E-Rate is a program that passed with support from big telcos because these monopoly providers have always been a prime beneficiary of the program. Any provision allowing ECF funds to be used on self-provisioned networks would eat away at what has been a guaranteed government income stream for these private ISPs.

There has been an open petition with the FCC, since before Ajit Pai was chairman, to permanently allow schools and libraries to be able to use E-Rate funds to build their own networks where it is cost-effective. If Rosenworcel wanted to permanently enact this change, and allow for schools and libraries to deploy more innovative, long-term and cost-effective technologies, she could have pushed to close that petition, and call for commissioners to vote on the issue. But with the FCC evenly split between Democratic and Republican Commissioners, it seems Rosenworcel is making a calculated decision to not rock the boat, challenging what has long been the status quo in a regulator that is frequently accused of having a revolving door with the industry it is supposed to regulate.

Self-Provisioned Networks Connecting Students Across the Country

At the onset of the pandemic, many local school administrators across the country scrambled to connect students to the Internet. In the process, those efforts suggested that self-provisioned broadband networks are a reliable and cost-effective way to connect students at home.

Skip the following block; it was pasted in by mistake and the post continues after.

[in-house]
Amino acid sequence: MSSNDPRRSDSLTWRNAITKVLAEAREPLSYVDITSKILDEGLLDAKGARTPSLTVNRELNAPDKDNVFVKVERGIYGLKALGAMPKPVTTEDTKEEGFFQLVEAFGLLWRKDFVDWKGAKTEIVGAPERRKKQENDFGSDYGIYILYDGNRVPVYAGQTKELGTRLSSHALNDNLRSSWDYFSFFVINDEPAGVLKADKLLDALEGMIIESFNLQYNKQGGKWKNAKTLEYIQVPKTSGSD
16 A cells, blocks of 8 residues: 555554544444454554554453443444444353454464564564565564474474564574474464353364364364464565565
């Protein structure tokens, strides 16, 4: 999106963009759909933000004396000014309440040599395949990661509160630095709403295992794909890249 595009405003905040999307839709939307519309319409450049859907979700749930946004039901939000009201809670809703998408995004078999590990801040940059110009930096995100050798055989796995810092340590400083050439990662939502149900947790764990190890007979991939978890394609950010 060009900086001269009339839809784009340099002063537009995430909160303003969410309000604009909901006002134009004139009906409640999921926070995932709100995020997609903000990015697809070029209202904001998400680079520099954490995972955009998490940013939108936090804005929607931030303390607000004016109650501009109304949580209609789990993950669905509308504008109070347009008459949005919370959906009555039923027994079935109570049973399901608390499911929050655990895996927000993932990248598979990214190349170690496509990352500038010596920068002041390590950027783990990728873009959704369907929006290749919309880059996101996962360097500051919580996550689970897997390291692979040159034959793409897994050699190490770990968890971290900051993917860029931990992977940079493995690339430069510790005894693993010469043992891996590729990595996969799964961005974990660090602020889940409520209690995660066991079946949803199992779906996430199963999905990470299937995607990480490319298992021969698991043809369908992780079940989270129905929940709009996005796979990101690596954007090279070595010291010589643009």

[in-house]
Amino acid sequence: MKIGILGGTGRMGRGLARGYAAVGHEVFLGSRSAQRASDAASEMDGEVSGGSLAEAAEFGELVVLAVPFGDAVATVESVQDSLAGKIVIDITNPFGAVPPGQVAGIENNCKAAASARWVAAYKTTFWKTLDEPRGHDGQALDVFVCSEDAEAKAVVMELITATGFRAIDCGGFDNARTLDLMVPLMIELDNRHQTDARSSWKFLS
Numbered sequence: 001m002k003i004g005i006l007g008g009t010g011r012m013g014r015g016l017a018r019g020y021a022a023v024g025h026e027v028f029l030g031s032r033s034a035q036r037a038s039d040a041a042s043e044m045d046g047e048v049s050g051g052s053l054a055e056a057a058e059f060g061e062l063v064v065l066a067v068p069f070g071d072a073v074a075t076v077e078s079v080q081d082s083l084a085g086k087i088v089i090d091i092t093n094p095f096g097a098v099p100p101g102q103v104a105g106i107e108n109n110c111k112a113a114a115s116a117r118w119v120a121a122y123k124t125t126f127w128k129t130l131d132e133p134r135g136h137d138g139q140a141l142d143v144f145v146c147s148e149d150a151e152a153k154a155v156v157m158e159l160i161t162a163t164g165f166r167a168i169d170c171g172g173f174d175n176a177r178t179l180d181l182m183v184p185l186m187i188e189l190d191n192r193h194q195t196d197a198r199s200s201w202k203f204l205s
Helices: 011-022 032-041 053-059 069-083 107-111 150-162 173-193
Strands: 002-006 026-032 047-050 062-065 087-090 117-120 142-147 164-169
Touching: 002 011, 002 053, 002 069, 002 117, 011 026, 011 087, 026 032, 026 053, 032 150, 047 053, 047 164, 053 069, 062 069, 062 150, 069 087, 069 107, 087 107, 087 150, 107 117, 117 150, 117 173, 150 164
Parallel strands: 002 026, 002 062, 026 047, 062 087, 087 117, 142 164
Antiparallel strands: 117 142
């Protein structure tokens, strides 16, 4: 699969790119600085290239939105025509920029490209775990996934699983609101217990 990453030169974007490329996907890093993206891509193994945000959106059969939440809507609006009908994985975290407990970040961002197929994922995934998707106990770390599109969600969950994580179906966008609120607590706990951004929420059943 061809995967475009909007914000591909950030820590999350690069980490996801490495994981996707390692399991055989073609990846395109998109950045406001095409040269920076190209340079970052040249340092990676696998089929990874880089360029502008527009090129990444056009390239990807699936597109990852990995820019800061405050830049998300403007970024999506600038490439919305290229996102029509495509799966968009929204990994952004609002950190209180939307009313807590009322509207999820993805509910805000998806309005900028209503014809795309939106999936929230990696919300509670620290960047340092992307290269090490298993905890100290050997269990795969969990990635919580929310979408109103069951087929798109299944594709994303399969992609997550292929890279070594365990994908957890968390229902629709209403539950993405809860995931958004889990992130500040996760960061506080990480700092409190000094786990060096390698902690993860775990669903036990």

In Salt Lake Valley, Utah, technology supervisor for the Murray City School District, Jason Eyre, pioneered the construction of a private LTE network using CBRS spectrum the district obtained in 2019. Within four months (between January and April 2021), Eyre had engineered a network using approximately $77,000 of CARES Act funding to cover a 3-mile square home to many low-income students in the district. (District analysis showed that 13 percent of students did not have access to service from any existing ISPs.)

In one of SHLB’s ex parte filings to the FCC, Eyre explained that the private LTE network was a much more cost-effective solution than using hotspots from traditional wireless providers. The money he would have spent to purchase hotspots, which require a monthly service fee of $40/month, was enough money instead to build the private LTE network which will last for at least five years.